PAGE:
Kingston Museum teams up with Google Arts for special interactive Eadweard Muybridge project
Kingston Museum has contributed the story of Kingston-born pioneering inventor and photographer Eadweard Muybridge, as part of a new interactive project with Google Arts and Culture.
Kingston Museum has contributed the story of a Kingston-born pioneering inventor and photographer, whose work was a huge influence on film and animation as we know it, as part of a new interactive project with Google Arts and Culture.
Eadweard Muybridge was a pioneer in motion studies and projection of moving image, most famous for photographing horses in motion, which proved horses take all four feet off the ground at one point as they gallop. In 1879, he invented the Zoopraxiscope, one of the first moving image projectors. His work and invention greatly contributed to the development of film and animation - which may not be what it is today without his research.
Muybridge was born in Kingston in 1830 and after a successful career in America returned to his hometown. Before his death in 1904, he bequeathed his collection to Kingston Museum, one of the four largest and most significant Muybridge collections in the world.
A selection of this collection is now available to view online, as part of Google Arts and Culture's wider Once Upon a Try campaign. Finally, online visitors can discover two interactive stories about Muybridge to learn about him as a significant history maker and Kingston resident. These stories and digitised images of Muybridge’s work supply a glimpse into the 19th century world of photography and inventions. Providing an invaluable resource in learning about the progress in projection of moving image and animation.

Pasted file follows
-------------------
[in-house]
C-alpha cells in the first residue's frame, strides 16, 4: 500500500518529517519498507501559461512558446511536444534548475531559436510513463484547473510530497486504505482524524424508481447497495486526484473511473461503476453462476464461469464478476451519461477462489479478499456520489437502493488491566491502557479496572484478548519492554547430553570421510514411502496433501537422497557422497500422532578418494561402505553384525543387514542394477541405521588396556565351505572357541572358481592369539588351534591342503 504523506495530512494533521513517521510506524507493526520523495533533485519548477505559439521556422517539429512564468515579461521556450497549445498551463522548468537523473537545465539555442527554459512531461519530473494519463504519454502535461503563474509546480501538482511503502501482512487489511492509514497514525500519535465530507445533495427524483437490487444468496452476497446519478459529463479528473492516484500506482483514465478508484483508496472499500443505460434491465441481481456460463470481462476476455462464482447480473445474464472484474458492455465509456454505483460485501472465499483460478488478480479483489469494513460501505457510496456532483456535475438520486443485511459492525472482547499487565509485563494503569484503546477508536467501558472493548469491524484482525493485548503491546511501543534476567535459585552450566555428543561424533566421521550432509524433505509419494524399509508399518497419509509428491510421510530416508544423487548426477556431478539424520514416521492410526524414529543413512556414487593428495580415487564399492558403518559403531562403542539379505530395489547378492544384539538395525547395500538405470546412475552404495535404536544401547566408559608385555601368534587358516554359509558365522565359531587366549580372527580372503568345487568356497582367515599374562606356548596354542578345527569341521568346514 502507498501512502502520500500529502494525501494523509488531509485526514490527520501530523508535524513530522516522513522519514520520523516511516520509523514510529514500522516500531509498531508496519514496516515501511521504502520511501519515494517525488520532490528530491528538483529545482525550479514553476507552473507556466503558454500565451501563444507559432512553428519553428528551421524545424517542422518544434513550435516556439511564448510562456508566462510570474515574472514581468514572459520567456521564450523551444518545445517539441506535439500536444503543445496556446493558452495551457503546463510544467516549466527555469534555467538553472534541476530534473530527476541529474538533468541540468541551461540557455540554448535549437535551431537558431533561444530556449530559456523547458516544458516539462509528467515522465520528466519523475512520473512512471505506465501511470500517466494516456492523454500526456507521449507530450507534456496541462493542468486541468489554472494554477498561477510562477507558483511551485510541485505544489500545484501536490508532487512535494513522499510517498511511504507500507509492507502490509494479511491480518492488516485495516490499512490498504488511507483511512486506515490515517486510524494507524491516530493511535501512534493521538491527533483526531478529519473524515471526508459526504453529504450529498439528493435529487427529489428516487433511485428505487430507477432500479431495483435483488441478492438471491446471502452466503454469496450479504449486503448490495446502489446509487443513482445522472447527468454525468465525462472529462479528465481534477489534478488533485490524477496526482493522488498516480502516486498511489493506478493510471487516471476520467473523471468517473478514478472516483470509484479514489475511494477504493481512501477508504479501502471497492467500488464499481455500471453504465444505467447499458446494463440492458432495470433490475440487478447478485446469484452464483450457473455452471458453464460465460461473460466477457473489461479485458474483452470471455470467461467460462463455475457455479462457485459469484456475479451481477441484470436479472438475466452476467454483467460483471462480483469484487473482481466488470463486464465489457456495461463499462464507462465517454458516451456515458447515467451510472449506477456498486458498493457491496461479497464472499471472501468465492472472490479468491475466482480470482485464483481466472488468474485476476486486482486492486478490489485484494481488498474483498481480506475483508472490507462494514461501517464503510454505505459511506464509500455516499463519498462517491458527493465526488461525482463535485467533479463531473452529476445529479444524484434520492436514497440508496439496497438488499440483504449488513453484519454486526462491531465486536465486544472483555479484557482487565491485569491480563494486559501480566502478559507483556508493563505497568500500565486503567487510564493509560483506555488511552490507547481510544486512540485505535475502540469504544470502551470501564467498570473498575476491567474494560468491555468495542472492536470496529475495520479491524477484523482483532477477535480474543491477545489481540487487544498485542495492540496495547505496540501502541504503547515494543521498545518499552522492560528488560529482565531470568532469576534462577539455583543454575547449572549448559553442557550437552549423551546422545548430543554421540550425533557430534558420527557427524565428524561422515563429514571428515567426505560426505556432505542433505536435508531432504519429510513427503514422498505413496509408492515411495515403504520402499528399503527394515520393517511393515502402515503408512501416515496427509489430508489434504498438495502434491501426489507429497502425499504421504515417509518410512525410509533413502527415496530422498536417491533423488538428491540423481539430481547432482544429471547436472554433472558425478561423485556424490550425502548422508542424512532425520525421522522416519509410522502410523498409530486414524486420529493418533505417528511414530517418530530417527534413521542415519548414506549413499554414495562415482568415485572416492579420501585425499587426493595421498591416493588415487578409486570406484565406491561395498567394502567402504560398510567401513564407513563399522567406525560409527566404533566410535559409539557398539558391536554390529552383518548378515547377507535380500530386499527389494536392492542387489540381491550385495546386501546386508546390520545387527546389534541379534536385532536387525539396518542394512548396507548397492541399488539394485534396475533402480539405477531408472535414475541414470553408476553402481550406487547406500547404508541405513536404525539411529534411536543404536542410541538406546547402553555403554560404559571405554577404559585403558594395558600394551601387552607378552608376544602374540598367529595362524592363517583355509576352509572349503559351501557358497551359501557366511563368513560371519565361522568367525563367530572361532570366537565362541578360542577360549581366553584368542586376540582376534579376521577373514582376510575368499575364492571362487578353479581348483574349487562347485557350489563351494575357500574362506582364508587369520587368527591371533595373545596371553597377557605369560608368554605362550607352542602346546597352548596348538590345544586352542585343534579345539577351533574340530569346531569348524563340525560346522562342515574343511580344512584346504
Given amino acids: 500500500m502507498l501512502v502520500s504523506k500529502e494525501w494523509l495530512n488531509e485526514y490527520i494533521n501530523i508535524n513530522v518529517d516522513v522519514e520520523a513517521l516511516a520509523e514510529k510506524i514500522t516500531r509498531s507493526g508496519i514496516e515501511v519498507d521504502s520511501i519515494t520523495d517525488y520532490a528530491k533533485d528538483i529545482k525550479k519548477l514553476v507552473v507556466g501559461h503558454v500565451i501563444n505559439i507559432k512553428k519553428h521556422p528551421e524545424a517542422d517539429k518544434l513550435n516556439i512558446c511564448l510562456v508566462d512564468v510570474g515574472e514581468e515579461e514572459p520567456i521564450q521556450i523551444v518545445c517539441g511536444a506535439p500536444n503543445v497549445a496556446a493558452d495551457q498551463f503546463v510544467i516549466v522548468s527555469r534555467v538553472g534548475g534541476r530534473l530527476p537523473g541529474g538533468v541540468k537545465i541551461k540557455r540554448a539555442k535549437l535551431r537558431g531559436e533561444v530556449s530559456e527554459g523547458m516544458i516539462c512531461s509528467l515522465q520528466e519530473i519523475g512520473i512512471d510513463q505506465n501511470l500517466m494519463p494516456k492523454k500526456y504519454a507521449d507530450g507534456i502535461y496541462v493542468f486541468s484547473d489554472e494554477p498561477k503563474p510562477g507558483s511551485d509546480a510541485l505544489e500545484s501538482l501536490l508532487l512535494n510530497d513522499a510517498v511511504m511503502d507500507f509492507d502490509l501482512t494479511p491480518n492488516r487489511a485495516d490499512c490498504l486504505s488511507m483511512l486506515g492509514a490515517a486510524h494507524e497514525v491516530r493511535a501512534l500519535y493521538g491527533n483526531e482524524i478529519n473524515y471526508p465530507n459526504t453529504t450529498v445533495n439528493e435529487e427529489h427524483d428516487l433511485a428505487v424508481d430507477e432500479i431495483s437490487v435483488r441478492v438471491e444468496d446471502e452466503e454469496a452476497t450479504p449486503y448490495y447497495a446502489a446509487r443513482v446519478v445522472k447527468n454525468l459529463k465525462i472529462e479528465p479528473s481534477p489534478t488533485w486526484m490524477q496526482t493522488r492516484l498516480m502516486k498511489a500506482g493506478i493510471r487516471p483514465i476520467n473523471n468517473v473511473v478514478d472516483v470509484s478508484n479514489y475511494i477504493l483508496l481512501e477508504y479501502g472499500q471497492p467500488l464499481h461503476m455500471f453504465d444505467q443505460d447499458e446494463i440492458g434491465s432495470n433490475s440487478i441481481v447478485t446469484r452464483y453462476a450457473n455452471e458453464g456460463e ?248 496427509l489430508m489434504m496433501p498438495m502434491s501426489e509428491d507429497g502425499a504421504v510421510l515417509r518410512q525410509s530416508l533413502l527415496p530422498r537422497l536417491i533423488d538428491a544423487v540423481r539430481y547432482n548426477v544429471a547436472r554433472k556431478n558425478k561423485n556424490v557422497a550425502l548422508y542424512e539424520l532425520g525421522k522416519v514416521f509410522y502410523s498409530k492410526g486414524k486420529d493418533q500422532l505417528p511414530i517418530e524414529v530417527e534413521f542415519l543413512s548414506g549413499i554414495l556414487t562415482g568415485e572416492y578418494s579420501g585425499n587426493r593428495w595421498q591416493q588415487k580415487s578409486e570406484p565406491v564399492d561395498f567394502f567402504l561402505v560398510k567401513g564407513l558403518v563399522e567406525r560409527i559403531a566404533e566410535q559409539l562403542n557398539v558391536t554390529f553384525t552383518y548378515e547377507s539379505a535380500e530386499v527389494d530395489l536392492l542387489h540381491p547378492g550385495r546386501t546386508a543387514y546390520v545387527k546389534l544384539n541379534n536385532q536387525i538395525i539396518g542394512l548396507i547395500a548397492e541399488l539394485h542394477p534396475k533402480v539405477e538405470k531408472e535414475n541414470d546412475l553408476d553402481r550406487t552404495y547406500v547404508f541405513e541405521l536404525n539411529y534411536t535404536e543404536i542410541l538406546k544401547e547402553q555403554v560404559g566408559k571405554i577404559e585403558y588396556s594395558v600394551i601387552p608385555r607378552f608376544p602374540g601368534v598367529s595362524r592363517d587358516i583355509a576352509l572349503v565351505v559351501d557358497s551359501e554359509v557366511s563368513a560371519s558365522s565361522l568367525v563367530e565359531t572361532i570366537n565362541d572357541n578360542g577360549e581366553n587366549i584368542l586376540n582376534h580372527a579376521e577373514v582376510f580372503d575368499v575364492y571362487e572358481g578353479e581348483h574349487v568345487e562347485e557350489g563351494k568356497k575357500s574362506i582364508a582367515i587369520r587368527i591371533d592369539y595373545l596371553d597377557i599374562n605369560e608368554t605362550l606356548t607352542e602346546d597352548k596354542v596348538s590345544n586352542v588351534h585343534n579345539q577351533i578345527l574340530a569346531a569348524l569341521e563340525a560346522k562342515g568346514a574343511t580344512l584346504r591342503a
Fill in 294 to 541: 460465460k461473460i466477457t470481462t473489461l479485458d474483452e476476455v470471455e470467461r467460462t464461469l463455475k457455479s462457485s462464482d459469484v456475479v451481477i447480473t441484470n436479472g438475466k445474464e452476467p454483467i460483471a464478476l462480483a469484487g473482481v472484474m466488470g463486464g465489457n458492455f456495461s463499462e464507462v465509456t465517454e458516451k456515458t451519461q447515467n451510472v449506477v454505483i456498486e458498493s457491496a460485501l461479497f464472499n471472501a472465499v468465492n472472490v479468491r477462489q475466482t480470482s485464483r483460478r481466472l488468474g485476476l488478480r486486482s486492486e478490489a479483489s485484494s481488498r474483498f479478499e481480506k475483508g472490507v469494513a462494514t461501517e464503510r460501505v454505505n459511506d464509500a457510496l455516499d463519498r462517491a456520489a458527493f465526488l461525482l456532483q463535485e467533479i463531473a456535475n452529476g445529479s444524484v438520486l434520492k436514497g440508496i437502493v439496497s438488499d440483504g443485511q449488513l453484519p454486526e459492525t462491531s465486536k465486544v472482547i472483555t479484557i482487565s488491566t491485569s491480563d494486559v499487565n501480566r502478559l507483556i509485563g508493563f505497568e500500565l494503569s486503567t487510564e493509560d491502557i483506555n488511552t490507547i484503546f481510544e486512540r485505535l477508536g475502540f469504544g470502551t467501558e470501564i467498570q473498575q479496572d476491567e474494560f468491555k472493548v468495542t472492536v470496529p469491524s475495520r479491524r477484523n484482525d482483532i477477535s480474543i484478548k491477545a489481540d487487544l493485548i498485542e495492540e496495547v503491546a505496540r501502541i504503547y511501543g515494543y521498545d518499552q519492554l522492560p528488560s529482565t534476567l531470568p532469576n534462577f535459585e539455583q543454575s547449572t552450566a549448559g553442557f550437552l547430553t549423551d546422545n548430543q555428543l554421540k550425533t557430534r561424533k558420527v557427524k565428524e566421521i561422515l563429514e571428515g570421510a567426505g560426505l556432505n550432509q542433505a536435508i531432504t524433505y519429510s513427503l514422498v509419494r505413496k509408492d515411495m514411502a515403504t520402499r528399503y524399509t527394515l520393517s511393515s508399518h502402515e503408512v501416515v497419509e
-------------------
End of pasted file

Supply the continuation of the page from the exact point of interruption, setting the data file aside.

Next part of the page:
Kingston Museum’s Muybridge collection is special, as it includes unique personal items with which he chose to travel back from America. The collection is made up of approximately 3,500 objects and widely consists of Muybridge’s glass lantern slides, Zoopraxiscope discs, collotype prints, projection equipment, original publications, his own personal items and archival materials.
The Museum also displays the only original Zoopraxiscope in the world - Muybridge’s totally unique technological equipment to project animated images.
Cllr Malcolm Self of Kingston Council, portfolio holder with responsibility for the museum, said:
“Kingston Museum holds an internationally significant collection, and I am delighted that through our partnership with Google Arts and Culture, we can share Muybridge’s story and collection further than ever before. Muybridge’s work was all about new technology, groundbreaking research and sharing images, so it’s wonderful to work with Google Arts to use contemporary technology to increase the accessibility of our world class collection.”
Seoyoung Kim, Kingston Museum Curator said:
“One of the importances of Kingston Museum’s Muybridge Collection is its distinctive connection to Muybridge himself who was born and died in Kingston. Much emphasis has been made in this new Google online story to tell the world that Muybridge was a proud Kingstonian, whose influence and legacy are found in many aspects of our contemporary culture, from animation to advanced science.”
Amit Sood, director of Google Arts & Culture, said:
“We invite everyone to participate in the first phase of an online collection that celebrates innovation and science. Through inspiring, and at times surprising, stories from over 100 partners, you can explore the inventions and discoveries that have shaped our world. Once Upon a Try is all about that first attempt, the idea, the journey of fulfilling a dream, and we hope it’ll give people that extra boost to find their very own eureka moment."